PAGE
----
For example, learning how to do laundry in high school can be a great start. Marjorie states, “Not only will your student learn how to avoid shrunken sweaters and the bleeding of colors onto their whites, but they will also learn great time management in order to keep up with having clean clothing each week. And if they do this regularly, it becomes a habit or second nature, so that it will not be yet another thing they’ll have to get used to when they do go off to college.”

Learning these and other basic skills now is essential to preparing for an easier transition, including:

  • Waking themselves up in the morning (and not relying on you, the parent, to be there as a backup)
  • Cleaning their own room or desk area
  • Learning how to cook small, balanced meals
  • Doing their own laundry on a regular basis
  • Managing their own time and schedule
  • Self-advocating in school with administrators and teachers
  • Making travel plans and navigating directions in a new city
  • Budgeting and learning how to manage a bank account
  • Managing their own medications/treatments
  • Scheduling their own appointments for doctors, therapists, dentists, and more

Marjorie underscores two important things to note with this: “The first,” she says, “is that you cannot expect your child to do all of this at once. They will become overwhelmed and reject it all. Take it slow, allow them to see that they can succeed at one, and watch them build confidence as they take on each new task in a stepwise manner.”

The second is that you cannot rescue them if they fail (which can be a hard impulse to fight!). Marjorie says, “It is our parental inclination to catch our children if they fall. We’ve been doing this since they were in diapers, and it is habit; however, if we continue to do this, they receive the message (whether we intend it or not) that they are incapable of doing things for themselves, and that increases their anxiety. Moreover, they learn that they need not learn to do things for themselves, because we will be there to take over. But if they are off in college, we are not there, right?”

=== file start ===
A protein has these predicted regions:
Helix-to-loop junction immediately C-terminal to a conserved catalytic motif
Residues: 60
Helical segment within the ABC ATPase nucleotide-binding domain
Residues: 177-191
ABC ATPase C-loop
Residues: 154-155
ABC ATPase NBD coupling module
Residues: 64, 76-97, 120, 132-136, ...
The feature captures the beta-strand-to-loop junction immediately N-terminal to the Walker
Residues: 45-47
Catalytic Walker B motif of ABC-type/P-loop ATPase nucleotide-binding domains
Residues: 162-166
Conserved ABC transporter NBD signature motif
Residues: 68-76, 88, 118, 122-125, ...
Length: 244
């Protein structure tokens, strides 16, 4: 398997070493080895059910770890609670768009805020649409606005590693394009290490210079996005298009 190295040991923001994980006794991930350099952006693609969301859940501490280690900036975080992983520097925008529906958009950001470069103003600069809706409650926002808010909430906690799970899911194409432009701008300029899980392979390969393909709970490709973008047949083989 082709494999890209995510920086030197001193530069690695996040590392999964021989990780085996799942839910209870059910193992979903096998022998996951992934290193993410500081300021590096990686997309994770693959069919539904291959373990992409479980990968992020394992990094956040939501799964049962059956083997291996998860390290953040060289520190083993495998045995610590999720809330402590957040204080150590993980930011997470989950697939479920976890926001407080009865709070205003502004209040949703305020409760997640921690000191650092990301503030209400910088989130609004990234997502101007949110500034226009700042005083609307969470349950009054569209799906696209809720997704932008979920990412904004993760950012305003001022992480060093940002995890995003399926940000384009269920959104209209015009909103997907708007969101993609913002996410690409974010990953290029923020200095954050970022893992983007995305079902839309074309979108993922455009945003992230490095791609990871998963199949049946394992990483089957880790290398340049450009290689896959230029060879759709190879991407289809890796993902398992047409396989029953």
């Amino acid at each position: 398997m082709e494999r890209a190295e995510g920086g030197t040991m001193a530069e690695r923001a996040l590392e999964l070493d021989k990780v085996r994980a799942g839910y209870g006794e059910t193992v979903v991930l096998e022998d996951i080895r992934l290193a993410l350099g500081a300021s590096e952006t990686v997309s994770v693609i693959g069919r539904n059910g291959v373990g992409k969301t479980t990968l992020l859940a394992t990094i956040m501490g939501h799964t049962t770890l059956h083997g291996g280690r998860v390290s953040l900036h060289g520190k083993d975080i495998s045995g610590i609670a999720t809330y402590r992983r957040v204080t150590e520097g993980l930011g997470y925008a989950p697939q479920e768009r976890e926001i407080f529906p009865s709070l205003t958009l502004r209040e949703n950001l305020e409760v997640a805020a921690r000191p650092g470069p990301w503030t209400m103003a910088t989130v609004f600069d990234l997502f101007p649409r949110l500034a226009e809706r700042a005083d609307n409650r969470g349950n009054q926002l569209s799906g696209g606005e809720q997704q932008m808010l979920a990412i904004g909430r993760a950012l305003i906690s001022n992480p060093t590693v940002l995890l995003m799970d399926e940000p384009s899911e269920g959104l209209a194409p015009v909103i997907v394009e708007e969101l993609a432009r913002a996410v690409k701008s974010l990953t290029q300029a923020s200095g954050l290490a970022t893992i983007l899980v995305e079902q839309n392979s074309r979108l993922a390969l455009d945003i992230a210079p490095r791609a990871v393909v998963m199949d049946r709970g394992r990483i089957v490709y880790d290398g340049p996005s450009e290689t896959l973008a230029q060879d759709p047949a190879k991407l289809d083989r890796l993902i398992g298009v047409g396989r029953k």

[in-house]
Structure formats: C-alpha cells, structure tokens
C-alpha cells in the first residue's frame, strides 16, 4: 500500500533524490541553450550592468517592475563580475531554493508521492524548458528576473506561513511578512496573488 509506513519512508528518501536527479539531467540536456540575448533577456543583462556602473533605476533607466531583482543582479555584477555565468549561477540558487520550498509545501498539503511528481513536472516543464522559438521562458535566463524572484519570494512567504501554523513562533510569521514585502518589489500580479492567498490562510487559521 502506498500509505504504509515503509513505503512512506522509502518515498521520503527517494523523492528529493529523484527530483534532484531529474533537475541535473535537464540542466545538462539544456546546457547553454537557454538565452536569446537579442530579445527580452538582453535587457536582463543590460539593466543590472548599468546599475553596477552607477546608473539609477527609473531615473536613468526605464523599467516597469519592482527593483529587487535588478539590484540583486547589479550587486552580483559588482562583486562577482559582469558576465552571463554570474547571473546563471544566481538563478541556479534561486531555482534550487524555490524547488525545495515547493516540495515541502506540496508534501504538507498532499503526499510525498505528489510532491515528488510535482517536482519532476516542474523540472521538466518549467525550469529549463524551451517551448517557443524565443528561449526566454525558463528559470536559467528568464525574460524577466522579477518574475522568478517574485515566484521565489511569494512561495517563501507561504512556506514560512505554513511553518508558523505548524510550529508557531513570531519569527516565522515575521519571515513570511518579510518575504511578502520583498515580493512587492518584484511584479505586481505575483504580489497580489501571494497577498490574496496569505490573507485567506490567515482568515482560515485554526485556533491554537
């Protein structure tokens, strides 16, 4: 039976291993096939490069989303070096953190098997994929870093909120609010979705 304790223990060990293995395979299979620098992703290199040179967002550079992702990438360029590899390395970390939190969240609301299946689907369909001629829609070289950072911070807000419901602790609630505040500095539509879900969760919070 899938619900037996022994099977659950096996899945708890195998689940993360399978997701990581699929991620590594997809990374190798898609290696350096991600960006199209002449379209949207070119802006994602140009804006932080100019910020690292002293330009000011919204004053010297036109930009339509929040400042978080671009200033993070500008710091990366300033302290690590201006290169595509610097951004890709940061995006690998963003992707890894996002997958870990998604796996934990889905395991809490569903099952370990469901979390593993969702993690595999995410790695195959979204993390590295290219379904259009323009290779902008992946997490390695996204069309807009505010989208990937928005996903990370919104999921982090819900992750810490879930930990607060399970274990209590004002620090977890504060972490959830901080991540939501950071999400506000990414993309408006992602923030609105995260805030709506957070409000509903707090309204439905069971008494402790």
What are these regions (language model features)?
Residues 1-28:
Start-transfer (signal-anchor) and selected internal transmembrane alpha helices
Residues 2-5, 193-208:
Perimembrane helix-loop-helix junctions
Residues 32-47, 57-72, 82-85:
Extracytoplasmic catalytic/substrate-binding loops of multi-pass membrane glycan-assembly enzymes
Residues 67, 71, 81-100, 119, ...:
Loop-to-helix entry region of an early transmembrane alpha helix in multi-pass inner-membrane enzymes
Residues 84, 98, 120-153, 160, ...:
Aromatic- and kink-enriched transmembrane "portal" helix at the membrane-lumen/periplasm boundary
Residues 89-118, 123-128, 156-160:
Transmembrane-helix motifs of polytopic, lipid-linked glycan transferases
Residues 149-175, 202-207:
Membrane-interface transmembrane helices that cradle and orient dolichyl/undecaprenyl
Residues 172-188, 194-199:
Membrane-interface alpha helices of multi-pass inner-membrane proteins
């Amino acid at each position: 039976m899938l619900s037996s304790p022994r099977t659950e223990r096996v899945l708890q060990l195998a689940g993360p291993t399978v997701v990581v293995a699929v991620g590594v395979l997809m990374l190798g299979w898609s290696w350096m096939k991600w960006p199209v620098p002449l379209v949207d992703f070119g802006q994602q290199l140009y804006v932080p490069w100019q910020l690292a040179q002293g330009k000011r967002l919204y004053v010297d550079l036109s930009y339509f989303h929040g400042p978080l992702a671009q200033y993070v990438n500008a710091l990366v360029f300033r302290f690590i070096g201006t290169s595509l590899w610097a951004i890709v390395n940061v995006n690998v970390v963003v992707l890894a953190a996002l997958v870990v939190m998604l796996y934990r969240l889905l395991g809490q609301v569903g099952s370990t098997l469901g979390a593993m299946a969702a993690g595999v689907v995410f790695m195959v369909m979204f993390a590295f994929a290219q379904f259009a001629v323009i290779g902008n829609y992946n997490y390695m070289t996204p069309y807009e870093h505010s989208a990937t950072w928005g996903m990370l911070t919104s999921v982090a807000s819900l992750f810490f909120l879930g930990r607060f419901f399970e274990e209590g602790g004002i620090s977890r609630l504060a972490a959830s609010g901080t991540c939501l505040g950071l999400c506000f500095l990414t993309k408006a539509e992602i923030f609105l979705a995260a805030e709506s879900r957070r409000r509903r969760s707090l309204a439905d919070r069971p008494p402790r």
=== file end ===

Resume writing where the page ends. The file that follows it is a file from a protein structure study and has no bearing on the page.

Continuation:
High school and the transition to college is an important time for students to learn how to fail and that if they fail, they will survive. It takes time and practice to learn skills like self-soothing, problem-solving, how to pick themselves up, and how to adapt when things don’t go as planned. And the earlier students learn these skills, the more resilient they’ll be when they encounter obstacles in college and beyond.


Question: What advice do you have for helping students connect with on- or off-campus mental health resources? And when should you do this?

Marjorie reminds us that the student should be in the driver’s seat when it comes to seeking mental health resources. While parents can give tips and guidance, Marjorie states that students “will learn so much by making these calls, sending these emails, and doing the legwork of finding their provider themselves. Above all, they will have the satisfaction that they did this themselves.”

Another valuable resource, especially for a student who might be in therapy or any kind of treatment, is their current health providers, who might be able to recommend a practitioner local to the student’s college. The college or university’s counseling services are a great resource, too. Most university counseling offices only offer short-term services, limiting the number of sessions a student can book each term or year. Marjorie adds, “Usually they will extend this for emergency situations, but if there is a chronic issue, your student will likely be referred to an outside therapist.”

But while many only provide short-term counseling (which is often subsidized or even free), there may be more options available. The school may be able to refer you to a provider for longer-term therapy. Having a referral for support outside the university may help your child have even more tailored support given their mental health needs, as well as their personality and insurance eligibility.